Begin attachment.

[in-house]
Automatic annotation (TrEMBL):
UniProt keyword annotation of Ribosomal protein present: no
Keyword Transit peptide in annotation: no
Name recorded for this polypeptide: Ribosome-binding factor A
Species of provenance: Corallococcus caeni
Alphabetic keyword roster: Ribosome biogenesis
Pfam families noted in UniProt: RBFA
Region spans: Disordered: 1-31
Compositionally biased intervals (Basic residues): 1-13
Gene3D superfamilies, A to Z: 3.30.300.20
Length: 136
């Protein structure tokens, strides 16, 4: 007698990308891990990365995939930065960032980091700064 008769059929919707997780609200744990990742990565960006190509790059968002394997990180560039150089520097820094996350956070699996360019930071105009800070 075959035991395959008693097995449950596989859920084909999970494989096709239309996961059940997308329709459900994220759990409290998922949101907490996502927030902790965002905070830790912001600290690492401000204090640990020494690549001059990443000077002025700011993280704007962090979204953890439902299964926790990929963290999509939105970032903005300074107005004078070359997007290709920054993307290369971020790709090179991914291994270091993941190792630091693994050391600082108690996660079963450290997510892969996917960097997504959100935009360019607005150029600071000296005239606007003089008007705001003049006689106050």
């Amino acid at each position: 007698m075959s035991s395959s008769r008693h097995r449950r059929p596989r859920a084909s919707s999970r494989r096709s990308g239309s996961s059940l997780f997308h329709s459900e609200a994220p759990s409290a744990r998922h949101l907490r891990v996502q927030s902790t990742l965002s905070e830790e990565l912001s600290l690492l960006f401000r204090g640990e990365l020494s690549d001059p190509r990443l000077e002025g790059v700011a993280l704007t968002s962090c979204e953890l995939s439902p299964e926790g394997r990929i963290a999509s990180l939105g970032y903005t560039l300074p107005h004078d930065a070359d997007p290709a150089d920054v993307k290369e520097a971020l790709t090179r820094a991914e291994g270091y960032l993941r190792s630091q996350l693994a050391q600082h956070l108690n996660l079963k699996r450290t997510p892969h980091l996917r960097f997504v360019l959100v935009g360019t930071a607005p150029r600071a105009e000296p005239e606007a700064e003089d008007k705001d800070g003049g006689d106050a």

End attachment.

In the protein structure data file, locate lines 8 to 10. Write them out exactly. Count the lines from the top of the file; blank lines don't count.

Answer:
Pfam families noted in UniProt: RBFA
Region spans: Disordered: 1-31
Compositionally biased intervals (Basic residues): 1-13